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The performance implications of temporal orientation and information technology in organization‐environment synergy

The performance implications of temporal orientation and information technology in... Purpose – This paper aims to provide new evidence regarding the firm performance implications of using temporal orientation (time pacing) and information technology (IT) to align an organization with its task environment. Design/methodology/approach – Using questionnaire data provided by top management team members, the results indicate that time‐based strategies (i.e. time pacing) and IT mediate the effects of environmental disruptions on performance. To validate the scales and to test the hypothesized model of relationships, the study employs structural equation modeling through LISREL 8.52, as it is able to examine both the measurement and structural model simultaneously while including individual errors for the respective parameters. Findings – The results suggest that time pacing should be used in association with IT, as time pacing had a much stronger relationship to environmental disruptions than did IT. This finding supports that a time pacing orientation is effective at helping managers react to disruptions in their task environment. In relation to firm performance, IT was directly linked to firm performance; whereas time pacing was only indirectly associated with firm performance. Practical implications – The findings suggest that the application of time pacing strategies enables managers to increase firm performance via IT. The results therefore suggest that managers should not assess their use of temporally‐based mechanisms (e.g. time pacing, IT temporality) and IT in isolation, but rather consider them in conjunction. This recommendation is consistent with findings elsewhere that components of strategy may need to be cohesive and integrative and require a supportive firm structure if they are to have their greatest effects on firm performance. Originality/value – The study extends the research on temporal strategies and IT as mechanisms for offsetting environmental pressures and improving firm performance. It alerts managers to the notion that time pacing will enable them to generate improved firm performance and competitive advantage, through the synchronistic use of IT. http://www.deepdyve.com/assets/images/DeepDyve-Logo-lg.png Journal of Strategy and Management Emerald Publishing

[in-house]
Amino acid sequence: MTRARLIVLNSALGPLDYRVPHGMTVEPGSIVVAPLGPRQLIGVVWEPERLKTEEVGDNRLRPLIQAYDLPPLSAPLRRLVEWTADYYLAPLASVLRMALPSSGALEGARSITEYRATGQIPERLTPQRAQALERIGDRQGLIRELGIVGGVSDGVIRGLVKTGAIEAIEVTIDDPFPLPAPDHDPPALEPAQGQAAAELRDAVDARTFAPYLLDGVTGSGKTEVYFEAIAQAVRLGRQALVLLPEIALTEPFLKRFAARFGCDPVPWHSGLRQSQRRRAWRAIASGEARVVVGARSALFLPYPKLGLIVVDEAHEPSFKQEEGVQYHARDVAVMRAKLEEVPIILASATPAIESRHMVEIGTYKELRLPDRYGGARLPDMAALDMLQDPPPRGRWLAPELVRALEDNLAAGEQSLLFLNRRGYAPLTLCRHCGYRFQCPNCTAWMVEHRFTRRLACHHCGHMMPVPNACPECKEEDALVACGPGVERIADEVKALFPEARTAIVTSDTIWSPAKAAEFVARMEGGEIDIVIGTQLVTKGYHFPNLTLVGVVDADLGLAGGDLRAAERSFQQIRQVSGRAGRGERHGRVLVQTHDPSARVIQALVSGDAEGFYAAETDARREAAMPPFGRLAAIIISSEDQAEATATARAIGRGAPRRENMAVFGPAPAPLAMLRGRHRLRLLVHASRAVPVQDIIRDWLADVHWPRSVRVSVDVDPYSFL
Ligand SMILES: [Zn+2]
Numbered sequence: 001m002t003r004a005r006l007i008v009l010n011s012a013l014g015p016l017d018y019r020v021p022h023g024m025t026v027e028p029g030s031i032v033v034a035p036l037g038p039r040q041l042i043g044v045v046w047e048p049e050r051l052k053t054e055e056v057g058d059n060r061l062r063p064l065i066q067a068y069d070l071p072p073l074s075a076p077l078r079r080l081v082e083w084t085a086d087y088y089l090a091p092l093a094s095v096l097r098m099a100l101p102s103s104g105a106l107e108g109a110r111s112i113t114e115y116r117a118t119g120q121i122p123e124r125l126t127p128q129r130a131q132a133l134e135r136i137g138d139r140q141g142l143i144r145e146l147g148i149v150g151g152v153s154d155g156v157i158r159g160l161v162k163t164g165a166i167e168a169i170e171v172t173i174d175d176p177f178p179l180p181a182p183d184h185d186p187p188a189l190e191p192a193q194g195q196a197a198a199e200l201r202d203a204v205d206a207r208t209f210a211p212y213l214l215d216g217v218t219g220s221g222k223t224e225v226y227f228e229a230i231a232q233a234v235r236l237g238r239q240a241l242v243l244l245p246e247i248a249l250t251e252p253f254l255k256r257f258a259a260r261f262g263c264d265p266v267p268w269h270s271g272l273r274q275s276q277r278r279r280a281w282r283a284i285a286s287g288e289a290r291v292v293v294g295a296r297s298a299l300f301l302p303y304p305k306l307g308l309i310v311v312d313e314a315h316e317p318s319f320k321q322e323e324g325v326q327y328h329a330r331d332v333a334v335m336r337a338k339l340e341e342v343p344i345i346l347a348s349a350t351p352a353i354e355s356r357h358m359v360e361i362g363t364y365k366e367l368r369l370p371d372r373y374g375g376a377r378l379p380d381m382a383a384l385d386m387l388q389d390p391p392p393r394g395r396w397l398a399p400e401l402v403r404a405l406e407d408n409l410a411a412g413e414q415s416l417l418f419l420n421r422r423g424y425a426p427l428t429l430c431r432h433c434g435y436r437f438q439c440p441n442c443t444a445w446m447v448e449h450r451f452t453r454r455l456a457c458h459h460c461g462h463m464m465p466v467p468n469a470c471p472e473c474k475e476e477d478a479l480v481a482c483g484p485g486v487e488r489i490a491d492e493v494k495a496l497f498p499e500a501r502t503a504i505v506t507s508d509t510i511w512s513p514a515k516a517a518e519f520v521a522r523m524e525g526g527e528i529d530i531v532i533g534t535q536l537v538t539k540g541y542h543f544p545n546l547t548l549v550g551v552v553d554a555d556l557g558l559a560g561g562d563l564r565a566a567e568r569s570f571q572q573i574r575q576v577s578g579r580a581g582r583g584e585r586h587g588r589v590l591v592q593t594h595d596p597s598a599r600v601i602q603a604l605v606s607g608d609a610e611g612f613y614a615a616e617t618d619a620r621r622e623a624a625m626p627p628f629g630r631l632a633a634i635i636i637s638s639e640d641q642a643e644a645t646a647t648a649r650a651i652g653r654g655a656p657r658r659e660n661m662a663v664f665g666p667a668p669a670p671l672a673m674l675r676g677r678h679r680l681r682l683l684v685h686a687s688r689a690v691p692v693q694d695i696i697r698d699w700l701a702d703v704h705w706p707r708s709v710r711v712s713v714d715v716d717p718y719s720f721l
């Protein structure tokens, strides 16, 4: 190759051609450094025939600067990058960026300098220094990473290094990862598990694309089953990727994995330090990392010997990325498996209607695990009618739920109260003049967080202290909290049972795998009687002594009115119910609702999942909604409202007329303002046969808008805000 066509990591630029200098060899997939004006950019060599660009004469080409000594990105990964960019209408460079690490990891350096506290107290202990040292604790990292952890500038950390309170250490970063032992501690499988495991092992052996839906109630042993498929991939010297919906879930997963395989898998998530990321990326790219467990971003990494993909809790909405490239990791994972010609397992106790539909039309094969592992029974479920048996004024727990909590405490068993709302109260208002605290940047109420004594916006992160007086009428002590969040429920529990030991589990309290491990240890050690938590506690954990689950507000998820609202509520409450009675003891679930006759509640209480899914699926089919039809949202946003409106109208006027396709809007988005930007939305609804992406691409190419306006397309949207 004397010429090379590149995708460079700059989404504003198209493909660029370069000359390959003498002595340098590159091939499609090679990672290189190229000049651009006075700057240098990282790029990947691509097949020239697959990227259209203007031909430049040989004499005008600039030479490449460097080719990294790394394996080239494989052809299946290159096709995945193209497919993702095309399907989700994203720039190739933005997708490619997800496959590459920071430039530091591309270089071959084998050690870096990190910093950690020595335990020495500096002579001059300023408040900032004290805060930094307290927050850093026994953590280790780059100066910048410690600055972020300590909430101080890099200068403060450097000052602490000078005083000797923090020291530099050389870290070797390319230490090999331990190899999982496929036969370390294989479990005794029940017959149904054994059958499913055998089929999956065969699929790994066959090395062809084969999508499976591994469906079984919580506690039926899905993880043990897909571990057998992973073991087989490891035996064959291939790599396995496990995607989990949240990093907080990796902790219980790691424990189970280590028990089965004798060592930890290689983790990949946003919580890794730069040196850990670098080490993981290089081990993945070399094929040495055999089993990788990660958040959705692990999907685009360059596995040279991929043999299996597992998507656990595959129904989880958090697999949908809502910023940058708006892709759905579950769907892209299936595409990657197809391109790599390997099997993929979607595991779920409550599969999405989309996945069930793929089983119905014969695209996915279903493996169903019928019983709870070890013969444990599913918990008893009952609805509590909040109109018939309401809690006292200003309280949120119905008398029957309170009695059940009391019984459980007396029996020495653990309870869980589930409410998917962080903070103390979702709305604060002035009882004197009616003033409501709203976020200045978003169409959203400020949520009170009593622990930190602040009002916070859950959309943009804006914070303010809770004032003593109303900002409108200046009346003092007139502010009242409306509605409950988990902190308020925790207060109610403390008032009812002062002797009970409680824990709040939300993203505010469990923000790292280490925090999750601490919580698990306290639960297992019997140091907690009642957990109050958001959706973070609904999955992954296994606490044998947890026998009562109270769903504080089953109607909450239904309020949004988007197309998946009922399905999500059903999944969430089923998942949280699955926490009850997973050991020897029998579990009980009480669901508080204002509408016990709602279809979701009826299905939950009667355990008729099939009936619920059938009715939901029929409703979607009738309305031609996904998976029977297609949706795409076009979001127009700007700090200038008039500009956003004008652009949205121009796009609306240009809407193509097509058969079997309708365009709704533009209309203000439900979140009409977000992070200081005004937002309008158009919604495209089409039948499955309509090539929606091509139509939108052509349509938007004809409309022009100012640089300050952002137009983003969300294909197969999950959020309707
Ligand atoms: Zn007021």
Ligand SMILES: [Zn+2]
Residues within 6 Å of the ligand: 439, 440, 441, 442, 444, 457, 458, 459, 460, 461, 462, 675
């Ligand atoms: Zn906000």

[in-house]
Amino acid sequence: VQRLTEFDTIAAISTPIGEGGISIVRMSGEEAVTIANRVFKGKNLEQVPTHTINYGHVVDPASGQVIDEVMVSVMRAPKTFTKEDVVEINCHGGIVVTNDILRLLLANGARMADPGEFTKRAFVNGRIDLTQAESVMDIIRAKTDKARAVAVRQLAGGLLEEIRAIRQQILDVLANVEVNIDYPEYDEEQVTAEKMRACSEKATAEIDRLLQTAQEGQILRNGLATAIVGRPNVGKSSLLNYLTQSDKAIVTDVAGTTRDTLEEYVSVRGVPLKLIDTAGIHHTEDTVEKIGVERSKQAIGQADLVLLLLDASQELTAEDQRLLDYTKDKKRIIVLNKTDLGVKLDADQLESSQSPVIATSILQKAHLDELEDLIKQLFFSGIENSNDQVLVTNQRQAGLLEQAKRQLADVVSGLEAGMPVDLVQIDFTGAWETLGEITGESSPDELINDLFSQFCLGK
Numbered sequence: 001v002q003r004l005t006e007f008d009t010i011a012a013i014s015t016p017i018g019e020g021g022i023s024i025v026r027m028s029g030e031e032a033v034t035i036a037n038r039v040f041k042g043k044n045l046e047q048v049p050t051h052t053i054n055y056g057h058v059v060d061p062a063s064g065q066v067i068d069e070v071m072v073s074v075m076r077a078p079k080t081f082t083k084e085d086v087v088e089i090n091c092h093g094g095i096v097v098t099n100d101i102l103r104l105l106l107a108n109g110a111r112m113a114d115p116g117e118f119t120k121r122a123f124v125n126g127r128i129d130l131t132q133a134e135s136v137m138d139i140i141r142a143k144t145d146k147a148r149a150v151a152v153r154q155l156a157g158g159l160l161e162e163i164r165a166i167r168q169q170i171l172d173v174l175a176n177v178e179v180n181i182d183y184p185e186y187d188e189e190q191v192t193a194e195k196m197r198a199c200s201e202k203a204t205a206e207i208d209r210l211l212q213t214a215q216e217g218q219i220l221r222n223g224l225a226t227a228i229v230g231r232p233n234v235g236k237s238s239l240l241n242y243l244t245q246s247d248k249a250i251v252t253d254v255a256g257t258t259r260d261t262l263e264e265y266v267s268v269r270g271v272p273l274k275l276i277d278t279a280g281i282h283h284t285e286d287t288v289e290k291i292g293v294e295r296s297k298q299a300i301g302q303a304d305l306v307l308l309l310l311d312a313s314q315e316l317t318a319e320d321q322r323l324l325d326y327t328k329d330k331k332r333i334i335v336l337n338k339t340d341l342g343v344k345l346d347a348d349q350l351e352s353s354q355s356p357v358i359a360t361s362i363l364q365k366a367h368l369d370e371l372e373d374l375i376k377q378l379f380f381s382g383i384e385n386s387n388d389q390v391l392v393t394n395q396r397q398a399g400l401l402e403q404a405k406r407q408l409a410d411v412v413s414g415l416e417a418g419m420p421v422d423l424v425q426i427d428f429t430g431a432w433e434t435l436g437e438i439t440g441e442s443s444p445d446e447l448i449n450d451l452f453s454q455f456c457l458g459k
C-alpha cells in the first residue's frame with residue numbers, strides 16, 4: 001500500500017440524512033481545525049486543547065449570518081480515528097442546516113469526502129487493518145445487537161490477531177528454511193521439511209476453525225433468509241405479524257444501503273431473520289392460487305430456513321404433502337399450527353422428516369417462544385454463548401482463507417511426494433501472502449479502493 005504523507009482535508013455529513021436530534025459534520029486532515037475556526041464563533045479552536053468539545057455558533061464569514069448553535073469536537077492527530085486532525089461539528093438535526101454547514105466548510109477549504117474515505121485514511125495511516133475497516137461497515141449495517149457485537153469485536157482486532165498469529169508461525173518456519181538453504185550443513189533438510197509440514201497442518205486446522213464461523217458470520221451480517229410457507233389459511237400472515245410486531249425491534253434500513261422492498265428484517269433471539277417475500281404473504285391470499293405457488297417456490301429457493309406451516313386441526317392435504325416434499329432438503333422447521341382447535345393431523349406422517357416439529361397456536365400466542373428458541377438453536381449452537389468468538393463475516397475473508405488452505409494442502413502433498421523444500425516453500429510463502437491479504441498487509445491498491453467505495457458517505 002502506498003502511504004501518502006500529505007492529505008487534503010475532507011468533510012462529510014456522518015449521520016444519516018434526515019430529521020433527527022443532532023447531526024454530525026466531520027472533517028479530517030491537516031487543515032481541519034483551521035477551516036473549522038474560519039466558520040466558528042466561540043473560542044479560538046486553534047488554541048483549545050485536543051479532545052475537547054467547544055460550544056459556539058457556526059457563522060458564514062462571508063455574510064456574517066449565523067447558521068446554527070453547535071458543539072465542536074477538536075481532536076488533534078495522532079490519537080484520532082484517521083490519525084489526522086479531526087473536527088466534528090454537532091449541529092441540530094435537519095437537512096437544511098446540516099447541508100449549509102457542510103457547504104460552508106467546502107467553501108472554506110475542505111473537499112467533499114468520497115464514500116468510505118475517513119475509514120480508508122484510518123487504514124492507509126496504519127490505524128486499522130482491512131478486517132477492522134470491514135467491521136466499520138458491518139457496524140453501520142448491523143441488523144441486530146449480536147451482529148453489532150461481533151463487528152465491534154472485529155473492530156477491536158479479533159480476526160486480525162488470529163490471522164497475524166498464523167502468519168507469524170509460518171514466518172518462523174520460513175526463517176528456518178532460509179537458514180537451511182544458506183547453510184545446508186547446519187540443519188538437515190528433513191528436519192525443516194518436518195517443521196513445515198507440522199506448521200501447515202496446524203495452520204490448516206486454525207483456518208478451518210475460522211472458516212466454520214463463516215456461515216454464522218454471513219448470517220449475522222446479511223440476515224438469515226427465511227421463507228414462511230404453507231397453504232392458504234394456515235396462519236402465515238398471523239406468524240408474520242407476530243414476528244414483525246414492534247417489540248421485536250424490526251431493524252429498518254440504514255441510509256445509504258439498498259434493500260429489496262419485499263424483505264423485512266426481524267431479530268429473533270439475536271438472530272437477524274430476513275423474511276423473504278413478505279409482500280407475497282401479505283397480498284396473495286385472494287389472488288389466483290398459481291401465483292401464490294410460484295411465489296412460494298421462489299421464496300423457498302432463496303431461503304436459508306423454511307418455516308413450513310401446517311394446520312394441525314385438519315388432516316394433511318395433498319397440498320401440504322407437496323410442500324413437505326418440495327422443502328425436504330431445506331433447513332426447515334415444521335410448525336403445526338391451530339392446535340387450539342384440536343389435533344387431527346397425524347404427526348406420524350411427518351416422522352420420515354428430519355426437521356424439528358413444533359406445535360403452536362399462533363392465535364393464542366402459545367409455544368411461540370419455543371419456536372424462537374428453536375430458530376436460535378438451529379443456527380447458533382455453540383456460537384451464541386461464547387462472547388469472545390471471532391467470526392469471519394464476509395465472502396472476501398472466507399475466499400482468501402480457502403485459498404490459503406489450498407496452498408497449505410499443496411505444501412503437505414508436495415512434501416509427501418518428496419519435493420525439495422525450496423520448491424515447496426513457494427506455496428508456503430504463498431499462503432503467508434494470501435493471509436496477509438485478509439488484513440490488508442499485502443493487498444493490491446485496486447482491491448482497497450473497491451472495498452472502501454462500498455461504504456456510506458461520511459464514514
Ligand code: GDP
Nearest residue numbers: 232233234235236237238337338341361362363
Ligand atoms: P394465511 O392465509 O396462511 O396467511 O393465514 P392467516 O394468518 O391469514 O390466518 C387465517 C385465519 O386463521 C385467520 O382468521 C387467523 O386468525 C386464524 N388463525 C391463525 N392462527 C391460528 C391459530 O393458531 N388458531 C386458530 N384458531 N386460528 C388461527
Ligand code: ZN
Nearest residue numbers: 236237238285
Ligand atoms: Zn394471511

The performance implications of temporal orientation and information technology in organization‐environment synergy

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Publisher
Emerald Publishing
Copyright
Copyright © 2009 Emerald Group Publishing Limited. All rights reserved.
ISSN
1755-425X
DOI
10.1108/17554250910965308
Publisher site
See Article on Publisher Site

Abstract

Purpose – This paper aims to provide new evidence regarding the firm performance implications of using temporal orientation (time pacing) and information technology (IT) to align an organization with its task environment. Design/methodology/approach – Using questionnaire data provided by top management team members, the results indicate that time‐based strategies (i.e. time pacing) and IT mediate the effects of environmental disruptions on performance. To validate the scales and to test the hypothesized model of relationships, the study employs structural equation modeling through LISREL 8.52, as it is able to examine both the measurement and structural model simultaneously while including individual errors for the respective parameters. Findings – The results suggest that time pacing should be used in association with IT, as time pacing had a much stronger relationship to environmental disruptions than did IT. This finding supports that a time pacing orientation is effective at helping managers react to disruptions in their task environment. In relation to firm performance, IT was directly linked to firm performance; whereas time pacing was only indirectly associated with firm performance. Practical implications – The findings suggest that the application of time pacing strategies enables managers to increase firm performance via IT. The results therefore suggest that managers should not assess their use of temporally‐based mechanisms (e.g. time pacing, IT temporality) and IT in isolation, but rather consider them in conjunction. This recommendation is consistent with findings elsewhere that components of strategy may need to be cohesive and integrative and require a supportive firm structure if they are to have their greatest effects on firm performance. Originality/value – The study extends the research on temporal strategies and IT as mechanisms for offsetting environmental pressures and improving firm performance. It alerts managers to the notion that time pacing will enable them to generate improved firm performance and competitive advantage, through the synchronistic use of IT.

Journal

Journal of Strategy and ManagementEmerald Publishing

Published: May 15, 2009

Keywords: Temporal databases; Time series analysis; Communication technologies; Corporate strategy

References